What you need to know:
- Only 78 per cent of the global population will have basic handwashing facilities by 2030.
- At the start of the Covid-19 pandemic, health experts highlighted handwashing as a key measure.
Now wash your hands.” Often seen on the walls of public toilets around the world, this phrase highlights how vital handwashing is in preventing the spread of disease. Yet for millions of people, the signs might as well say “Now fly to the moon”.
At the current rate of progress, only 78 per cent of the global population will have basic handwashing facilities by 2030, leaving 1.9 billion people at risk from illness and disease.
At the start of the Covid-19 pandemic, health experts highlighted handwashing as a key measure, yet an estimated three in 10 people worldwide were not able to wash their hands with soap and water at home.
The situation in health facilities is also dire. One in four lack basic water services, and one in three do not have hand hygiene facilities where care is provided — meaning health centres risk becoming breeding grounds for illness.
Handwashing campaigns have pushed for equitable, affordable access to clean water, sanitation and hygiene (Wash) services — including in healthcare facilities and schools — for many years.
Success stories include programmes like the Hygiene Behaviour Change Coalition led by the United Kingdom government, Unilever and London School of Hygiene and Tropical Medicine, which reached one billion people through hygiene behaviour change during the pandemic.
To make this a reality, however, for everyone, everywhere — both now and in future health emergencies — a concerted global effort is required, with targeted investments by national governments playing a key role.
Clean running water
For far too long, hygiene services have been overlooked and underfunded. For everyone to have somewhere to wash their hands at home by 2030, we need to start making progress in some areas, up to four times faster.
What are the consequences of failing to invest in this basic public health measure?
Lack of clean running water has negative consequences for gender equality. Women and girls bear the greatest burden of domestic chores, and may spend hours every day trekking on foot to collect water. As a result, many girls miss schooling or even drop out altogether.
At a wider level, communities, businesses and even whole countries’ economies simply won’t be resilient to shocks or health crises. In 2016 alone, 165,000 deaths from diarrhoeal disease and 370,000 deaths from acute respiratory infections were attributed to inadequate hand hygiene.
So what will it take to give the whole world access to Wash services — especially in homes, communities, health facilities and schools?
A recent report by the United Nations agencies World Health Organization (WHO) and Unicef reveals that ensuring everyone in the poorest countries has somewhere to wash their hands with soap and water at home would cost around $11 billion (Sh1.1 trillion) per year until 2030. That is equivalent to the amount spent during Amazon’s Prime Day shopping event in June.
Bringing Wash services to all health facilities and hospitals in the world’s 46 least developed countries would cost about $9.6 billion over a decade.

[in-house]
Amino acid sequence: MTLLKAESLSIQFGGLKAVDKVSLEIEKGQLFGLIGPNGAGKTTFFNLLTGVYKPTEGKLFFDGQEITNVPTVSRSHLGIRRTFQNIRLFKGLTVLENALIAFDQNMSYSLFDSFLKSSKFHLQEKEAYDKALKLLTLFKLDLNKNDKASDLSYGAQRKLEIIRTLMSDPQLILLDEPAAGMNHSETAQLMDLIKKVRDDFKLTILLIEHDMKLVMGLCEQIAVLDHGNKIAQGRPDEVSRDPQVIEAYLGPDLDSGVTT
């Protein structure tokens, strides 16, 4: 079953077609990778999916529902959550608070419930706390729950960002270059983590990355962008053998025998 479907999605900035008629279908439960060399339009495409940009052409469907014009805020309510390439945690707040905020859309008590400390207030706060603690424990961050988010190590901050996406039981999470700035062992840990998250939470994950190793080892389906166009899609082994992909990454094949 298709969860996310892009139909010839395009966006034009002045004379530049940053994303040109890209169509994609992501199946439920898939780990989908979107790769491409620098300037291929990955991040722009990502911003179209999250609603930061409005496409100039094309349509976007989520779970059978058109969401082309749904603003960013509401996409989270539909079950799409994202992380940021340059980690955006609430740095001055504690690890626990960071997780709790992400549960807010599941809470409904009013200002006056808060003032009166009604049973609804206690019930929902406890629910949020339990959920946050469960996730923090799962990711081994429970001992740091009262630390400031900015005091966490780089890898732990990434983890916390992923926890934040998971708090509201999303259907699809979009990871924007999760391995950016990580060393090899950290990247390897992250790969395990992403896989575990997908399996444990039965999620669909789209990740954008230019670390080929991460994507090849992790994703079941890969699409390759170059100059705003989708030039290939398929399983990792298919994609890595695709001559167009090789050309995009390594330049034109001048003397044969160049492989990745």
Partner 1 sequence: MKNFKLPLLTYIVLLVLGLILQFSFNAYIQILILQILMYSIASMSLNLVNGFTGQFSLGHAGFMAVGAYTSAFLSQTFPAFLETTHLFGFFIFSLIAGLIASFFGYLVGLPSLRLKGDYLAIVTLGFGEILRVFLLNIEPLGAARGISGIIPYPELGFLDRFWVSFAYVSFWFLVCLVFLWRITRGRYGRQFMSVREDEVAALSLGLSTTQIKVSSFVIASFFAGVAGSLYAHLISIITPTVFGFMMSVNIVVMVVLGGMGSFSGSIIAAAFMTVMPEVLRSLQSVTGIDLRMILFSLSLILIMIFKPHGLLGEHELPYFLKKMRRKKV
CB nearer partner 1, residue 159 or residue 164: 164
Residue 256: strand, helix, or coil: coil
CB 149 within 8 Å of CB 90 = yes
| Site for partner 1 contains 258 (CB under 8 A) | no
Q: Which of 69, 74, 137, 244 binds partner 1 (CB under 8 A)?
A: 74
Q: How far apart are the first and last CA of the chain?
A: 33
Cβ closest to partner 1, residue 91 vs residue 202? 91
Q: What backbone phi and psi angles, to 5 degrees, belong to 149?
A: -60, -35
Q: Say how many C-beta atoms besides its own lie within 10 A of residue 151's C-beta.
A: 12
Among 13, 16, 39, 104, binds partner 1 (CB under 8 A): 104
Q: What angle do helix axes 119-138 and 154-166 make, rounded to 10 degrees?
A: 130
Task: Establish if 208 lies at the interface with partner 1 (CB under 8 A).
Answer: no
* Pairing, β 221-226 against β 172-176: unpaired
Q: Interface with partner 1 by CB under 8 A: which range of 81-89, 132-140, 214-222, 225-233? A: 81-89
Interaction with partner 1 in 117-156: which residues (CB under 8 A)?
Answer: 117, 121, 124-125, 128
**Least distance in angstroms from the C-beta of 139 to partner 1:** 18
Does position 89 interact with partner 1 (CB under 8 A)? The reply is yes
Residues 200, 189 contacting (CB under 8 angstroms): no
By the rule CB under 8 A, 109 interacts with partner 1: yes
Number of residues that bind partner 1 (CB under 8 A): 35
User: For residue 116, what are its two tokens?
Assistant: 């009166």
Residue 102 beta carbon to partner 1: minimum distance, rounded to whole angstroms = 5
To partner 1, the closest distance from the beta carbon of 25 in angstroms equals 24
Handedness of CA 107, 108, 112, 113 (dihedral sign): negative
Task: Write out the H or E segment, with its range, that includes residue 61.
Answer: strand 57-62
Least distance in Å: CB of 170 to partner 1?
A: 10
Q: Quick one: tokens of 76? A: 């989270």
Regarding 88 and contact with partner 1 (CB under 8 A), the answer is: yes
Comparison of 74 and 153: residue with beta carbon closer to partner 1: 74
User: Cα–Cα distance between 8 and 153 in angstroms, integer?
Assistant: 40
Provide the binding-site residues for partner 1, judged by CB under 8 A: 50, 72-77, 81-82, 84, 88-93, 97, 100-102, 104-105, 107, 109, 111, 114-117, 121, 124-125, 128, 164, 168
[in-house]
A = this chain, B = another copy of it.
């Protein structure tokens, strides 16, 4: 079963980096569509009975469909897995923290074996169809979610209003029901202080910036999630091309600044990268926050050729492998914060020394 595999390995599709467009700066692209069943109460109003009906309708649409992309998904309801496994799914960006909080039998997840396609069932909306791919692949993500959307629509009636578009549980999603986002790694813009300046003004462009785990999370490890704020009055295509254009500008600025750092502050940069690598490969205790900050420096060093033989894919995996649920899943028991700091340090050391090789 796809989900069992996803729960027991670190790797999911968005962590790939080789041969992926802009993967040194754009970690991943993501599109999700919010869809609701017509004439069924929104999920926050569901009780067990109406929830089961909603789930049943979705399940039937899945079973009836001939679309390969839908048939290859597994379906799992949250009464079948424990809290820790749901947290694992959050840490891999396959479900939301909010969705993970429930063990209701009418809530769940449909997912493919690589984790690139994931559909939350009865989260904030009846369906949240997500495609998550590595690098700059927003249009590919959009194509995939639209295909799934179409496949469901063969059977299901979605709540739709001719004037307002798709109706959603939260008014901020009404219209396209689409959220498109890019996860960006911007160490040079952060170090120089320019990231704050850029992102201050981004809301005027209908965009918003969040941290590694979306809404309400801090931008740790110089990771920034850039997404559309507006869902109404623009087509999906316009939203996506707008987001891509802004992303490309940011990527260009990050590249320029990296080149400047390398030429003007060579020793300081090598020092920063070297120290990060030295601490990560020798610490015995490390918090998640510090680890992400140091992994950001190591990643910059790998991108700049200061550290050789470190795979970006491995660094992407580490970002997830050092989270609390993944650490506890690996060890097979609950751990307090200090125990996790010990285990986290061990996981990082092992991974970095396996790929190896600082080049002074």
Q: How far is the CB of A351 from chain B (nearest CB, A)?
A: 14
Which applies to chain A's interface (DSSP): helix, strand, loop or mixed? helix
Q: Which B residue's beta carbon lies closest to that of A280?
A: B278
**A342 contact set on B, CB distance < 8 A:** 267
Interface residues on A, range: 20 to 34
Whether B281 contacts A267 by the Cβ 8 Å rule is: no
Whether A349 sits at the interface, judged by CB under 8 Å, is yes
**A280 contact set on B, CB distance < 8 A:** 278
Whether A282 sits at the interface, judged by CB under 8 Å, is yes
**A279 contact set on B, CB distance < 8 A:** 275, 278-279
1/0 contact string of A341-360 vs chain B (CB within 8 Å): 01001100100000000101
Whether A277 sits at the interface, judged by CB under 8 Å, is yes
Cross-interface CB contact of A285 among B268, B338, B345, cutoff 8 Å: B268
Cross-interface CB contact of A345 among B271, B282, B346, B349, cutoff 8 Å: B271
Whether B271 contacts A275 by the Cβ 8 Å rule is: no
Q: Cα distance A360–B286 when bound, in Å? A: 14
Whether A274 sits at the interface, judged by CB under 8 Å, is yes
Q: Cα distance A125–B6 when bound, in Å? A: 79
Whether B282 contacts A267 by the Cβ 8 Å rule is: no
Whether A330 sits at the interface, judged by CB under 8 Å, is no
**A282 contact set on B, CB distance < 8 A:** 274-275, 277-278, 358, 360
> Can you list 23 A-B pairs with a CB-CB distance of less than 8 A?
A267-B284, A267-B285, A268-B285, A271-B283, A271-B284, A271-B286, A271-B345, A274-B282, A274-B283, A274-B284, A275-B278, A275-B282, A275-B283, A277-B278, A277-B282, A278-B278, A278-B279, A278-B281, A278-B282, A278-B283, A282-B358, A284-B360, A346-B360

Poor and vulnerable
These are still sizeable investments, but the potential health and economic benefits — a hygiene dividend — are enormous. Research by Vivid Economics and WaterAid found that universal access to soap and water at home for handwashing could generate a net benefit of $45 billion per year. Providing safely managed drinking water for every household could yield $37 billion per annum.
To achieve these investments requires smart, catalytic finance from the major economies in the G20 and by other governments. The Global Health Security Financial Intermediary Fund hosted by the World Bank also has a key role to play.
On Monday next week, November 29, the World Health Assembly will host a special session on the pandemic preparedness treaty. We need better early warning and surveillance. But to be successful, we also need to harness the kind of global collaboration and innovation seen in the rapid development of Covid-19 vaccines.
We need partnerships to produce and distribute high-quality, affordable hand hygiene products and services. Achieving affordable access to soap and water for everyone is far simpler than developing a new vaccine — although we must ensure more equity than has been seen to date in the rollout of vaccines.
Our efforts should focus on poor and vulnerable communities, including women, children and adolescents in those communities. In particular, we should target people in fragile and humanitarian settings, given the greater impact of Covid-19 on these groups and the lack of Wash services. In these settings, people are twice as likely to lack access to safely managed water services.
Finally, we need more high-quality, disaggregated data to identify Wash coverage gaps, track progress and inform decision-making. Next year’s G20 chair, Indonesia, has demonstrated how an innovative digital health strategy can crowdsource data on hand hygiene in public spaces and strengthen monitoring systems in hospitals.
Similar initiatives are especially needed in low-income countries.
Covid-19 has shone a spotlight on handwashing and ways of getting clean water and soap to billions of people who need them. It has highlighted the importance of sustaining behaviour change and implementing policies that make this possible. The next global health crisis may come sooner than we think. To be ready, we need to fix hand hygiene once and for all.
Ms Clark is board chair of PMNCH and former Prime Minister of New Zealand. Ms Johnson-Sirleaf was President of Liberia from 2006 to 2018, including during the Ebola epidemic in West Africa.
This article was first published on Devex.com.